Phone and face-to-face contact with community nurses was reduced by 26 percent just after one month of use of mobile technology, lessening pressure on primary care providers according to new data from the Bristol Clinical Commissioning Group, a National Health Service organization responsible for commissioning hospital and community health services to ensure that the health needs in the U.K. community of Bristol. Over six months, the figure jumped from 60 percent to 100 percent regarding phone contact, and 48 percent to 68 percent regarding one-on-one contact.
"Mobile healthcare has enabled us to adopt new working practices," Bristol Community Matron Chris Stevens said in an announcement. "Rather than spending time on routine monitoring visits, we are now proactive in the care of patients who are at high risk of exacerbation and unplanned hospital admission, intervening at the time when they need us most."
Gaining efficiency provides nurses with more opportunity to take a proactive care approach, according to Bristol CCG. Mobile tools also boosted patient self-management of 1,100 patients, dealing with chronic heart failure or obstructive pulmonary disease, enrolled in a six-to-nine month home monitoring program.
"Mobile healthcare has the potential to offer an efficient sustainable care pathway for the management of patients with long-term conditions," Martin Jones, chair of Bristol CCG, said.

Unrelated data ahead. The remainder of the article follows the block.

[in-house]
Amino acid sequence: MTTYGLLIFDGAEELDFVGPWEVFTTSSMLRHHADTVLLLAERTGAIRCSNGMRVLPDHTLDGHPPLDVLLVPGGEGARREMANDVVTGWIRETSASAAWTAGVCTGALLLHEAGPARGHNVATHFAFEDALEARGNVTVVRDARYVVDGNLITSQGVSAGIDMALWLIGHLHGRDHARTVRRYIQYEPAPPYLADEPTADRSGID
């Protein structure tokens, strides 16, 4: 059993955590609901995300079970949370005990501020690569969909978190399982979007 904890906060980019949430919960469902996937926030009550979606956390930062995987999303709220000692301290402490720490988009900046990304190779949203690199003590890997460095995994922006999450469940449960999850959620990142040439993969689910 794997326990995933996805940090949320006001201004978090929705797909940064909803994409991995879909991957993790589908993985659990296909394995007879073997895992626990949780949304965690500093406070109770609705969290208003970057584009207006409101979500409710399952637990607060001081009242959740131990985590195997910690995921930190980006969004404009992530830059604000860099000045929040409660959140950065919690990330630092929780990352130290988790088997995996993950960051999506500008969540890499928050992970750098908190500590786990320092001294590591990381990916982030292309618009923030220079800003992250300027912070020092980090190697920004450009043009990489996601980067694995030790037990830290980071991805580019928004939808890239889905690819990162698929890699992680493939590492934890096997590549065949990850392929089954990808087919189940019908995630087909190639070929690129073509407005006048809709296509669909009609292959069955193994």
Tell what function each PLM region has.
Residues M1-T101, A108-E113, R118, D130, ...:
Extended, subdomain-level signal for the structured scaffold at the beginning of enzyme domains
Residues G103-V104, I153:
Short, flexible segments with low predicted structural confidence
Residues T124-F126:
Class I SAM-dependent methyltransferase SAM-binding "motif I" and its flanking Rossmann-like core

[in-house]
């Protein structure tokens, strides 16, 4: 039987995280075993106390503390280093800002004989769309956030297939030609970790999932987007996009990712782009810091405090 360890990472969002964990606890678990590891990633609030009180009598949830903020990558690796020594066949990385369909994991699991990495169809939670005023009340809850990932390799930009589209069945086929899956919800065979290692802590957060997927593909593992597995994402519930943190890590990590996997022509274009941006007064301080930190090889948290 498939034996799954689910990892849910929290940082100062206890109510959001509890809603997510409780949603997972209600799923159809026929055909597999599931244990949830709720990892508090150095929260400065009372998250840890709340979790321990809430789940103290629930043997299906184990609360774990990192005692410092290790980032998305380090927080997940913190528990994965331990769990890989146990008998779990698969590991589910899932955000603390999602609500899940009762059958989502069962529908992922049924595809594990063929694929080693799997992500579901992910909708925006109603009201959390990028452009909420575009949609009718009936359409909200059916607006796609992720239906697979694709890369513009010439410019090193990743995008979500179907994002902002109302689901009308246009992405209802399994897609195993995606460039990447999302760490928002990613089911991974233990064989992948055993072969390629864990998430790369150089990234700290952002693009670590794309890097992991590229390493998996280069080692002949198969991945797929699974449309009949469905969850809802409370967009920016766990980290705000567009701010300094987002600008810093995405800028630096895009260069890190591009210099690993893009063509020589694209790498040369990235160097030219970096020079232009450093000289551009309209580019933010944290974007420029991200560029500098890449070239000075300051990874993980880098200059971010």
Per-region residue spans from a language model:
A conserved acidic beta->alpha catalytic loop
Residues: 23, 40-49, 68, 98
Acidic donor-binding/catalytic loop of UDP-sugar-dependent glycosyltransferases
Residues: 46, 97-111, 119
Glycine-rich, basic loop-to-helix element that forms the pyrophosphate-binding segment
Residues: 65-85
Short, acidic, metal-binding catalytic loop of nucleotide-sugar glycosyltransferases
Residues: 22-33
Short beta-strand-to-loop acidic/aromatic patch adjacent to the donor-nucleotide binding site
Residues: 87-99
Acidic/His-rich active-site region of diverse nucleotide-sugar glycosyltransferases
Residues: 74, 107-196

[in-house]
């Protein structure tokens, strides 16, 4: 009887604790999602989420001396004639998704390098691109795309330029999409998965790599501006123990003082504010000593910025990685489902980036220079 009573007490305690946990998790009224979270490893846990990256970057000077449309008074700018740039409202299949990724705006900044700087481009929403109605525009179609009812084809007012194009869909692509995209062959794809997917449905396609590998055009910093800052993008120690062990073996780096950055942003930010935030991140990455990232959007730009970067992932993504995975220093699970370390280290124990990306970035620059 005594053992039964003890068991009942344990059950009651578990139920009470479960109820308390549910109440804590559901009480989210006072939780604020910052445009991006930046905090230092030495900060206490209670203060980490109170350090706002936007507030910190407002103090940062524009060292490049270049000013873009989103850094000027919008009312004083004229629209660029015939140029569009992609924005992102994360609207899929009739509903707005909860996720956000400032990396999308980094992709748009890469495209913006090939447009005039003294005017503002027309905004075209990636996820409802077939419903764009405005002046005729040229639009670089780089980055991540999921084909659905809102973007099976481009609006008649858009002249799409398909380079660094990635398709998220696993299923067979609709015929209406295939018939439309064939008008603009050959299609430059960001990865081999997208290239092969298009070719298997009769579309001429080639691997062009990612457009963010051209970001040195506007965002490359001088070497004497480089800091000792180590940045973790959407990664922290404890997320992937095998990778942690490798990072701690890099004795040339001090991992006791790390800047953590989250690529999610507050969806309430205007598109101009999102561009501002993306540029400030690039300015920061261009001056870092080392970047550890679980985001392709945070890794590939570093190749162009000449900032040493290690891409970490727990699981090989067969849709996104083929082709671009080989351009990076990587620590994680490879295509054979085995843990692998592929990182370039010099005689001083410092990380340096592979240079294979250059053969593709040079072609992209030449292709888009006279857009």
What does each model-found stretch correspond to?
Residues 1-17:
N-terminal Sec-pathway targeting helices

The findings are the result of a three-year program Bristol initiated in 2011.
Mobile tools are helping nurses do their jobs better at a wide range of healthcare facilities. As the FierceHealthIT eBook "Technology to Enable Care Transitions" reveals, mobile devices are helping with nurse-patient communication following discharge from Boston Children's Hospital. A mobile app called DisCo sends texts to patients within 24 to 48 hours after discharge to check whether they've filled prescriptions, to schedule or confirm follow-up appointments and address any issues patients may have.
Additionally, nurses nurses with Sutter Care at Home--which serves nearly 100,000 homebound patients across 23 counties in northern California--now can send photos securely to the office for inclusion in a patient's electronic medical record.
For more information:
- read the announcement
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